As a painter also working with video, my practice brings together concepts and crafts from both media. My studio in Greene County sits directly on the Hudson River’s western shoreline. The River is a constant presence. While my paintings and video appear abstract, I work empirically, painting on my field easel on site, from close observation of the natural and visual phenomena along the riverbanks. My video work likewise originates alongside bodies of water where I use the water’s own reflective surface as a giant aquatic lens. My subject thus becomes a means for observation while simultaneously disappearing, like the surface of a mirror, into itself. In graduate school at MIT’s Center for Advanced Visual Studies, I used one of Nam June Paik’s wacky video synthesizers. It used oscillators to generate waveforms. I now find myself observing actual waveforms in rivers and using them as a different kind of synthesizer; one that fuses surface patterns and disturbance with reflections of the sky above; the movement of clouds, fog, foliage, birds in flight; and on the Hudson, the mesmerizing movement of barges transporting crude oil, toxic debris, and contaminated dredging spoils.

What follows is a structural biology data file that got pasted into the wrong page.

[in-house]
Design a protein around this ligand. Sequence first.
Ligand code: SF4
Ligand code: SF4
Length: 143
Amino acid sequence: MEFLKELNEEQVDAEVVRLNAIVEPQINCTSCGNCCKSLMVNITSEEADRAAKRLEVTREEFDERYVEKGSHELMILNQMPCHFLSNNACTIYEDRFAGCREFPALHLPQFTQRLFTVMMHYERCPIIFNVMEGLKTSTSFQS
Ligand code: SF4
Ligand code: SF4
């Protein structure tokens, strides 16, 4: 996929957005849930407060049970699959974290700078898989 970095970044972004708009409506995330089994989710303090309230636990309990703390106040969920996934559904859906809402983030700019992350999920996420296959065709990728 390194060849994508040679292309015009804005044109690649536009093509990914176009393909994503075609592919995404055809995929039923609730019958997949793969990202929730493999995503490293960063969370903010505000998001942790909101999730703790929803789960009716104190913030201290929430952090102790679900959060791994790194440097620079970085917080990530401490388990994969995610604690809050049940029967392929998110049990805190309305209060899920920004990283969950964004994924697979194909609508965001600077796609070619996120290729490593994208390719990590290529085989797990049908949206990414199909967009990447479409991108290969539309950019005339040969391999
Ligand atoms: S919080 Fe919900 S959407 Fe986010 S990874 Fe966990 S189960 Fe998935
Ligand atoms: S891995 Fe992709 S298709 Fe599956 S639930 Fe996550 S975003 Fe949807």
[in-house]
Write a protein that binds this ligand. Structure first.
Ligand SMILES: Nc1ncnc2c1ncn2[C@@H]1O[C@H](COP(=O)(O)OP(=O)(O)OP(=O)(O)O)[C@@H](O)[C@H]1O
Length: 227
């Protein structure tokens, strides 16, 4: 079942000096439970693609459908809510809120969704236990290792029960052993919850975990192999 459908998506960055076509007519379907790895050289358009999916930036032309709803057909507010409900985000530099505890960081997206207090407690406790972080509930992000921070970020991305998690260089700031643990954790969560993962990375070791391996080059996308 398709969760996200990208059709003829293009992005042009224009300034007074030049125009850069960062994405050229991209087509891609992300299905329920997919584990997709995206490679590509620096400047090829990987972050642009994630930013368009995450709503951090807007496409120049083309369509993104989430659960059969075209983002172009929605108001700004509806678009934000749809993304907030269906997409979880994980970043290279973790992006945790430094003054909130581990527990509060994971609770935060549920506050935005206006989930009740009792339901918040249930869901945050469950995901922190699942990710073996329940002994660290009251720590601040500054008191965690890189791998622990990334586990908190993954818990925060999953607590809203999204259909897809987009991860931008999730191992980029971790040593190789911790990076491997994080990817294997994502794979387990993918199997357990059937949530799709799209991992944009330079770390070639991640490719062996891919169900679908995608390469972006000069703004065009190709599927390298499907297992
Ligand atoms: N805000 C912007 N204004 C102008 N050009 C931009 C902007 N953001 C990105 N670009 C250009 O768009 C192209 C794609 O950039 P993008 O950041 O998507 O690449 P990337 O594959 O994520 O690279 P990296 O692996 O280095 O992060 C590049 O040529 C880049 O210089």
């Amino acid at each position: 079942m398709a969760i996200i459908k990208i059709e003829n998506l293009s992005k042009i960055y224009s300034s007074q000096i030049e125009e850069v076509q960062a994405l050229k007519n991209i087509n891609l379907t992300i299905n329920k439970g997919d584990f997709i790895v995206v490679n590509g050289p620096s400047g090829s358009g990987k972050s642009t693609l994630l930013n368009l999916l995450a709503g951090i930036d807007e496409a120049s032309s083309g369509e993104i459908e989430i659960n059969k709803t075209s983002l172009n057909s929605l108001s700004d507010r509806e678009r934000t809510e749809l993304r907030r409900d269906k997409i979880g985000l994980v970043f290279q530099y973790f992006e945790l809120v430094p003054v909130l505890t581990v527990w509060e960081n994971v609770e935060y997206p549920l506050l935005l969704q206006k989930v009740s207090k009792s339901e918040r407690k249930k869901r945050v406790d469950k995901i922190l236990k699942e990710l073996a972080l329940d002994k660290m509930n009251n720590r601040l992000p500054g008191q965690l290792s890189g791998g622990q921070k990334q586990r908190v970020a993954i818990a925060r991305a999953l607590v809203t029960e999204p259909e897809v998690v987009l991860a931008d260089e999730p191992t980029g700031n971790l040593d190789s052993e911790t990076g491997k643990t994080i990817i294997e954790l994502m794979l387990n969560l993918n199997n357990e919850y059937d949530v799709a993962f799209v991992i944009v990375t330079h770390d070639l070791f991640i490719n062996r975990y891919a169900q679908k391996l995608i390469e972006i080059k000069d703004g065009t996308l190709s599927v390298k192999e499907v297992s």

My practice fosters a dynamic dialog between painting and video that influences the sensibility of both paint and electronic image. In recent years I have noticed an inverse relationship between my paintings and video. In the former I collapse hours of observation into the still surface of a painting, while in the latter, I use still imagery to refer to time and imply constant motion. Subverting expected characteristics of each medium creates unexpected paradoxical disjunction.
It is likely that the Hudson River will be at the doorstep of my studio within the next couple of decades. This studio will not outlast the rising River. In the last twenty years I have seen the water level rise at a rate and to a height that is at least twice the metrics reported. Working beside the water motivated my active involvement with Riverkeeper, a not-for-profit environmental organization. Because the river cannot speak for itself it needs our advocacy and earnest stewardship.